Outlook for the Economy

2nd Quarter 2021 Report

Download Data Table (spreadsheet)

Hawaii’s economy has been greatly impacted by the COVID-19 pandemic. During the April 2020-March 2021 period, the average unemployment rate (not seasonally adjusted) was 13.5 percent. Hawaii lost 130,400 non-agriculture payroll jobs during the April 2020-March 2021 period as compared with the same period a year ago. All industry sectors lost jobs except for federal government jobs. The accommodation and food services & drinking places accounted for 42.2 percent of the total job losses, with a decline of 55,000 jobs. Overall, statewide non-agriculture payroll jobs decreased by 19.8 percent during the April 2020-March 2021 period.

Hawaii’s unemployment rate increased from 2.0 percent in the first quarter of 2020 to 19.4 percent in the second quarter of 2020. After this peak, the rate declined to 14.5 percent in the third quarter of 2020, 11.2 percent in the fourth quarter of 2020, and then 9.0 percent in the first quarter of 2021.

Visitor arrivals to the State during the first quarter of 2021 totaled 847,044, a decrease of 59.6 percent from the same quarter in 2020. However, due to the longer average length of stay, the average daily visitor census decreased only 51.6 percent in the first quarter of 2021.

The value of private building permits showed an increase of 2.3 percent or $17.9 million during the first quarter of 2021. The largest increase occurred in the residential category, which was up by $76.7 million or 33.5 percent. The value of commercial & industrial building permits declined by 2.9 percent, and the value for additions & alterations permits declined by 12.7 percent during the same period. In the first quarter of 2021, the state government spending on capital investment projects (CIP) decreased by 18.5 percent or $58.8 million, and government contracts awarded decreased 85.6 percent or $1,148.8 million over the first quarter of 2020.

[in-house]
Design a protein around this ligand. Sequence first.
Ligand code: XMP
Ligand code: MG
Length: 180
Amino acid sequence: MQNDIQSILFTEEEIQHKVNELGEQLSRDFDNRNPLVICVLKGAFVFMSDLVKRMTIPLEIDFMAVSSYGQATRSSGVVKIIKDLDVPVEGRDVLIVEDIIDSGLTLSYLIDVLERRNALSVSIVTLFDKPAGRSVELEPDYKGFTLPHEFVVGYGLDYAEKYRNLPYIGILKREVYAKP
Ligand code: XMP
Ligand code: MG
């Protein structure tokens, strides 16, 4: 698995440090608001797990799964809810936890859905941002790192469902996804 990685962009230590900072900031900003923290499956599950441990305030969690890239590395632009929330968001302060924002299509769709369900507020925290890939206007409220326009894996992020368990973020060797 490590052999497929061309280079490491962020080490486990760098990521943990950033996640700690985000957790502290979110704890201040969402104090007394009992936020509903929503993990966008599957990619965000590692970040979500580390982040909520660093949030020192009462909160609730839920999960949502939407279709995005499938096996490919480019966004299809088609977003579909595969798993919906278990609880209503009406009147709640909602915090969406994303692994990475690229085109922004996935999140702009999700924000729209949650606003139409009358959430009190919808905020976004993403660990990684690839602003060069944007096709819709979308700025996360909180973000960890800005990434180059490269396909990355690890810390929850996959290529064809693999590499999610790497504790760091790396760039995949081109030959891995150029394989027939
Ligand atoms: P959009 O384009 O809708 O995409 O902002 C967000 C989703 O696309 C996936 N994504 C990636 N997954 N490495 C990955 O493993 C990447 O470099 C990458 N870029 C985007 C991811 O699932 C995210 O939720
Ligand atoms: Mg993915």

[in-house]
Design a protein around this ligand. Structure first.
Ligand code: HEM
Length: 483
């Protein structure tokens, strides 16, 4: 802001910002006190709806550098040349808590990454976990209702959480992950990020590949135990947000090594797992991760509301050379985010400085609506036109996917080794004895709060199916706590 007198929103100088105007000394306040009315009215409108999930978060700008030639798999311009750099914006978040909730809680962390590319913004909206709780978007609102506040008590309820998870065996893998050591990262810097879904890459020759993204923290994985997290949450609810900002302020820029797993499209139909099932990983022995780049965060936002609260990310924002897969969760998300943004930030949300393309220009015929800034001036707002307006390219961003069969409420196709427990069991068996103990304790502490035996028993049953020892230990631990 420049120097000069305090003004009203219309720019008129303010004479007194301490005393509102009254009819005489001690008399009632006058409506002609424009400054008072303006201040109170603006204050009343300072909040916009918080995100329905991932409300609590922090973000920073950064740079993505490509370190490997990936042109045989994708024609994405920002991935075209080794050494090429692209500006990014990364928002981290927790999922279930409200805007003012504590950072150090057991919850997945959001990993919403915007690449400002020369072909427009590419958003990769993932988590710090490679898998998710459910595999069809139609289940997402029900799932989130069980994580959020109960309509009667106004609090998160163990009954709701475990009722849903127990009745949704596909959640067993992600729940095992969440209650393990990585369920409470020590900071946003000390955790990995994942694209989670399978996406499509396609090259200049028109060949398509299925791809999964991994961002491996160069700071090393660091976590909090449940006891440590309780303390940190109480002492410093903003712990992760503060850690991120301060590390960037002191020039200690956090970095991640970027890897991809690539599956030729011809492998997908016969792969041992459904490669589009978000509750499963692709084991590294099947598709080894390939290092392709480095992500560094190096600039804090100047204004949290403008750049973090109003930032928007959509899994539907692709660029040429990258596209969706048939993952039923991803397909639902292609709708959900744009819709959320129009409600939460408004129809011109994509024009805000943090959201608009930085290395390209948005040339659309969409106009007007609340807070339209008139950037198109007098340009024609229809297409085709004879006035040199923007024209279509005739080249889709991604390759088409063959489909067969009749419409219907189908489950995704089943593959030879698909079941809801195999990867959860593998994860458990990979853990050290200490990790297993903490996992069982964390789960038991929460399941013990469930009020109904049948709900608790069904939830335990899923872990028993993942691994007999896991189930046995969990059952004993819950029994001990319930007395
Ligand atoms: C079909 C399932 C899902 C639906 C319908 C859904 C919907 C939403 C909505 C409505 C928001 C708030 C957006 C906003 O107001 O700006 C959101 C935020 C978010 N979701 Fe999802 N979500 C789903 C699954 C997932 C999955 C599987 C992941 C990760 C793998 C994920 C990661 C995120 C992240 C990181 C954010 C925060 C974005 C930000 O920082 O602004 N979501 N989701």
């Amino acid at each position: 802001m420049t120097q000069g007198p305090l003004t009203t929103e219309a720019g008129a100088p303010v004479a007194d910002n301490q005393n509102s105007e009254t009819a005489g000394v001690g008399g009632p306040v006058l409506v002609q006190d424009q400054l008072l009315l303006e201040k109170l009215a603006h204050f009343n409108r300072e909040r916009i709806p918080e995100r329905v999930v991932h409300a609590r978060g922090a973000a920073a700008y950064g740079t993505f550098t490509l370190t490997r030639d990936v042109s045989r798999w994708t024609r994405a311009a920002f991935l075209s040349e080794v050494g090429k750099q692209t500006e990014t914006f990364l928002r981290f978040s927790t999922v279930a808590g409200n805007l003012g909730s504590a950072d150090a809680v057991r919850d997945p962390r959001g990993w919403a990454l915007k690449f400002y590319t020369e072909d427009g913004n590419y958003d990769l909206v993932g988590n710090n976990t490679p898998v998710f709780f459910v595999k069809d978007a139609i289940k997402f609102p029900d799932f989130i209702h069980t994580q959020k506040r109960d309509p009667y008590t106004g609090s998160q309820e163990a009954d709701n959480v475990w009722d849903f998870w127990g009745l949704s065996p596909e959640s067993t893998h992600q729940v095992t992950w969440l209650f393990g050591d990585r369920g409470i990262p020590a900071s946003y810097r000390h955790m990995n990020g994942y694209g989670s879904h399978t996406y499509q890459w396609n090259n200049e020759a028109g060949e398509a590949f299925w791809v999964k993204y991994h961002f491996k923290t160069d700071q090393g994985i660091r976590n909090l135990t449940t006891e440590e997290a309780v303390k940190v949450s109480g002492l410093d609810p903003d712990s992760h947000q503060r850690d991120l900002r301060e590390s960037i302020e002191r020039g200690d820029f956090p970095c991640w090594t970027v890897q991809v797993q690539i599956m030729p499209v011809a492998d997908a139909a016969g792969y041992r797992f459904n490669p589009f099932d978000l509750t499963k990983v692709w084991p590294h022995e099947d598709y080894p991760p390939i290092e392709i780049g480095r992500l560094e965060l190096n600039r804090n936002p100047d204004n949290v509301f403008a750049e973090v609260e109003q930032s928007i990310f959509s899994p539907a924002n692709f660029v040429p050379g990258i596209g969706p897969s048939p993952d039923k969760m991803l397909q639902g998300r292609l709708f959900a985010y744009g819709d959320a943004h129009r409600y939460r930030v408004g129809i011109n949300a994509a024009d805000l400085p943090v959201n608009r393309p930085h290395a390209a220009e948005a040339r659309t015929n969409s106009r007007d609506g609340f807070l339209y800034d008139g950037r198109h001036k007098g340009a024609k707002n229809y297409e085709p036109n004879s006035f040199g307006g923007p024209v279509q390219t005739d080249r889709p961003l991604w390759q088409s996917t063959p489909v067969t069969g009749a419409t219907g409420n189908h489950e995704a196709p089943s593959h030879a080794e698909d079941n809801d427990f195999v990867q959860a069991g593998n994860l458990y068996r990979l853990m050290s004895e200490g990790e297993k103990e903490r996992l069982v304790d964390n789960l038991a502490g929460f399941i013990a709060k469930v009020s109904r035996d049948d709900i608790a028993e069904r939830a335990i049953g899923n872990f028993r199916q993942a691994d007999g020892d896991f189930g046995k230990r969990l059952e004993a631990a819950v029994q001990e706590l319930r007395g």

At the national level, U.S. real GDP growth fell to a negative 9.0 percent in the second quarter of 2020, following a 0.3 percent increase in the first quarter. Growth then began to gradually improve with negative 2.8 percent growth in the third quarter, negative 2.4 percent in the fourth quarter, and positive 0.4 percent growth in the first quarter of 2021, as compared to the same quarter in previous year. The Blue Chip Economic Indicators report from May 10, 2021, which is the consensus of 50 economic forecasting organizations, projected that the U.S. economic growth rate for 2021 will increase by 6.6 percent. The report projected a positive 4.4 percent U.S. economic growth for 2022. The Blue Chip forecasts for foreign countries were all positive for 2021. Based on the above developments, DBEDT projects that Hawaii’s economic growth rate, as measured by the real gross domestic product (GDP), will increase by 3.5 percent in 2021, 3.0 percent in 2022, 2.3 percent in 2023, and 1.8 percent in 2024.

Hawaii will welcome 6.6 million visitors in 2021, an increase of 144.4 percent from the 2020 level. Visitor arrivals will increase to 8.6 million in 2022, 9.5 million in 2023, and 10.1 million in 2024. Visitor spending will increase 117.8 percent in 2021, then will increase 34.0 percent in 2022, 12.9 percent in 2023, and 7.2 percent in 2024.